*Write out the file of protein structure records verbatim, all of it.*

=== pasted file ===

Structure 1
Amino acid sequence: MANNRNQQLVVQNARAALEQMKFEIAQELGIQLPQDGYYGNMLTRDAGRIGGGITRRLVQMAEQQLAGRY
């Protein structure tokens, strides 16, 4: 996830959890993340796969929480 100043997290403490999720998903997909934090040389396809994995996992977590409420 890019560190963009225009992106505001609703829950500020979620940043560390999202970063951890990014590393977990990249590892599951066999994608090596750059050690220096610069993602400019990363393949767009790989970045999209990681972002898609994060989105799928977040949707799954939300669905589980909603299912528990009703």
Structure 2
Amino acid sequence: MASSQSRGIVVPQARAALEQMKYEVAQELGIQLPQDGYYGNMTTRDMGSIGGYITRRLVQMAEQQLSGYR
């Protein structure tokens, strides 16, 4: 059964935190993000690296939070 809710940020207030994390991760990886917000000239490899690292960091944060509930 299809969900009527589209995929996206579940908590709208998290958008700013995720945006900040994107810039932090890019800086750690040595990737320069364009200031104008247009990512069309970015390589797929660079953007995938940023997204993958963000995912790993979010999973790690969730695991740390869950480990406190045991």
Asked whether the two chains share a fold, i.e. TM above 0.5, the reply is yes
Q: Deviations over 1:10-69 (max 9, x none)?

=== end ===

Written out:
Structure 1
Amino acid sequence: MANNRNQQLVVQNARAALEQMKFEIAQELGIQLPQDGYYGNMLTRDAGRIGGGITRRLVQMAEQQLAGRY
């Protein structure tokens, strides 16, 4: 996830959890993340796969929480 100043997290403490999720998903997909934090040389396809994995996992977590409420 890019560190963009225009992106505001609703829950500020979620940043560390999202970063951890990014590393977990990249590892599951066999994608090596750059050690220096610069993602400019990363393949767009790989970045999209990681972002898609994060989105799928977040949707799954939300669905589980909603299912528990009703």
Structure 2
Amino acid sequence: MASSQSRGIVVPQARAALEQMKYEVAQELGIQLPQDGYYGNMTTRDMGSIGGYITRRLVQMAEQQLSGYR
């Protein structure tokens, strides 16, 4: 059964935190993000690296939070 809710940020207030994390991760990886917000000239490899690292960091944060509930 299809969900009527589209995929996206579940908590709208998290958008700013995720945006900040994107810039932090890019800086750690040595990737320069364009200031104008247009990512069309970015390589797929660079953007995938940023997204993958963000995912790993979010999973790690969730695991740390869950480990406190045991």
Asked whether the two chains share a fold, i.e. TM above 0.5, the reply is yes
Q: Deviations over 1:10-69 (max 9, x none)?